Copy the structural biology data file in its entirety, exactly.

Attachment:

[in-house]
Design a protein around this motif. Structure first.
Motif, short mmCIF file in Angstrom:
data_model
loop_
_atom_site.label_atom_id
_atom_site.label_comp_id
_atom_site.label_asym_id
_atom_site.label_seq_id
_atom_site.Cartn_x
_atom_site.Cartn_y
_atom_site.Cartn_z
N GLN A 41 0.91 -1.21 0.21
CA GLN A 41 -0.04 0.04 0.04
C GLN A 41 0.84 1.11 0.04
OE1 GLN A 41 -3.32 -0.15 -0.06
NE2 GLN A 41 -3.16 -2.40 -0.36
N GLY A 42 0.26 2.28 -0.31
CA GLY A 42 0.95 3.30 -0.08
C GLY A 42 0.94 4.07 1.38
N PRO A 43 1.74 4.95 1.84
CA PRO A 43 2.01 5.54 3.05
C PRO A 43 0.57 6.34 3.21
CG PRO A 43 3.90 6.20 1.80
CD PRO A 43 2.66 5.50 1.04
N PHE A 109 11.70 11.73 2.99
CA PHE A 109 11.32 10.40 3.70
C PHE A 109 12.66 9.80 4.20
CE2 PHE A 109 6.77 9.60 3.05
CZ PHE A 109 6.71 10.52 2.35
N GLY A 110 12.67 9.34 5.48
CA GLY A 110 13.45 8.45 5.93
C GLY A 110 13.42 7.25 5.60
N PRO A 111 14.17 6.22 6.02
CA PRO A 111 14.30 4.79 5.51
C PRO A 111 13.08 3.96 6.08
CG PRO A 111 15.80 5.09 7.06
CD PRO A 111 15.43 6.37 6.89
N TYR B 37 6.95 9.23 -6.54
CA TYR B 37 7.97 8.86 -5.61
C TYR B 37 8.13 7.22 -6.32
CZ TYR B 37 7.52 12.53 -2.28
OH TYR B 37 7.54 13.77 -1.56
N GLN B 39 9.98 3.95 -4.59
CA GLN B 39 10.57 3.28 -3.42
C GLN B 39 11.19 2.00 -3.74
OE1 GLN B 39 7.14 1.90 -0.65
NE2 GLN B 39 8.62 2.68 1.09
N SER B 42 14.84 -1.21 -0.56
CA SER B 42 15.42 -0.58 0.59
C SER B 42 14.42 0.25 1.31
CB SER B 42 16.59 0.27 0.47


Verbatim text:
[in-house]
Design a protein around this motif. Structure first.
Motif, short mmCIF file in Angstrom:
data_model
loop_
_atom_site.label_atom_id
_atom_site.label_comp_id
_atom_site.label_asym_id
_atom_site.label_seq_id
_atom_site.Cartn_x
_atom_site.Cartn_y
_atom_site.Cartn_z
N GLN A 41 0.91 -1.21 0.21
CA GLN A 41 -0.04 0.04 0.04
C GLN A 41 0.84 1.11 0.04
OE1 GLN A 41 -3.32 -0.15 -0.06
NE2 GLN A 41 -3.16 -2.40 -0.36
N GLY A 42 0.26 2.28 -0.31
CA GLY A 42 0.95 3.30 -0.08
C GLY A 42 0.94 4.07 1.38
N PRO A 43 1.74 4.95 1.84
CA PRO A 43 2.01 5.54 3.05
C PRO A 43 0.57 6.34 3.21
CG PRO A 43 3.90 6.20 1.80
CD PRO A 43 2.66 5.50 1.04
N PHE A 109 11.70 11.73 2.99
CA PHE A 109 11.32 10.40 3.70
C PHE A 109 12.66 9.80 4.20
CE2 PHE A 109 6.77 9.60 3.05
CZ PHE A 109 6.71 10.52 2.35
N GLY A 110 12.67 9.34 5.48
CA GLY A 110 13.45 8.45 5.93
C GLY A 110 13.42 7.25 5.60
N PRO A 111 14.17 6.22 6.02
CA PRO A 111 14.30 4.79 5.51
C PRO A 111 13.08 3.96 6.08
CG PRO A 111 15.80 5.09 7.06
CD PRO A 111 15.43 6.37 6.89
N TYR B 37 6.95 9.23 -6.54
CA TYR B 37 7.97 8.86 -5.61
C TYR B 37 8.13 7.22 -6.32
CZ TYR B 37 7.52 12.53 -2.28
OH TYR B 37 7.54 13.77 -1.56
N GLN B 39 9.98 3.95 -4.59
CA GLN B 39 10.57 3.28 -3.42
C GLN B 39 11.19 2.00 -3.74
OE1 GLN B 39 7.14 1.90 -0.65
NE2 GLN B 39 8.62 2.68 1.09
N SER B 42 14.84 -1.21 -0.56
CA SER B 42 15.42 -0.58 0.59
C SER B 42 14.42 0.25 1.31
CB SER B 42 16.59 0.27 0.47